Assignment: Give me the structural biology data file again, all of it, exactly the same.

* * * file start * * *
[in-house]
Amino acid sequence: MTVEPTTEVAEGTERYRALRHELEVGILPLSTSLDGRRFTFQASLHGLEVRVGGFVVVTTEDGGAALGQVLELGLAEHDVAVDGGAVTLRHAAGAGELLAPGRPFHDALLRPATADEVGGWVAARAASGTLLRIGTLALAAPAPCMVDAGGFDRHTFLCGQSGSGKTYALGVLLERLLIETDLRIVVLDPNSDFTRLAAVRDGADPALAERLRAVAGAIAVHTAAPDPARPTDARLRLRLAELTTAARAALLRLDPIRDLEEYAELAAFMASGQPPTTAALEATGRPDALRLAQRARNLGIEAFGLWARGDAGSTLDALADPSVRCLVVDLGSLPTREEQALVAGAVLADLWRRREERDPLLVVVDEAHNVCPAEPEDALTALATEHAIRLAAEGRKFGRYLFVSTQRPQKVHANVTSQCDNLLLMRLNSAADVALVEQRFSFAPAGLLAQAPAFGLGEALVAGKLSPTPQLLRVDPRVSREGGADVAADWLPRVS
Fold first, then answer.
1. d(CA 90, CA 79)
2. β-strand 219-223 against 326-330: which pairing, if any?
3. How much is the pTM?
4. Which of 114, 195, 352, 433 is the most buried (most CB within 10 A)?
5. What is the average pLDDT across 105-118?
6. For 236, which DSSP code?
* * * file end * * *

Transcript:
[in-house]
Amino acid sequence: MTVEPTTEVAEGTERYRALRHELEVGILPLSTSLDGRRFTFQASLHGLEVRVGGFVVVTTEDGGAALGQVLELGLAEHDVAVDGGAVTLRHAAGAGELLAPGRPFHDALLRPATADEVGGWVAARAASGTLLRIGTLALAAPAPCMVDAGGFDRHTFLCGQSGSGKTYALGVLLERLLIETDLRIVVLDPNSDFTRLAAVRDGADPALAERLRAVAGAIAVHTAAPDPARPTDARLRLRLAELTTAARAALLRLDPIRDLEEYAELAAFMASGQPPTTAALEATGRPDALRLAQRARNLGIEAFGLWARGDAGSTLDALADPSVRCLVVDLGSLPTREEQALVAGAVLADLWRRREERDPLLVVVDEAHNVCPAEPEDALTALATEHAIRLAAEGRKFGRYLFVSTQRPQKVHANVTSQCDNLLLMRLNSAADVALVEQRFSFAPAGLLAQAPAFGLGEALVAGKLSPTPQLLRVDPRVSREGGADVAADWLPRVS
Fold first, then answer.
1. d(CA 90, CA 79)
2. β-strand 219-223 against 326-330: which pairing, if any?
3. How much is the pTM?
4. Which of 114, 195, 352, 433 is the most buried (most CB within 10 A)?
5. What is the average pLDDT across 105-118?
6. For 236, which DSSP code?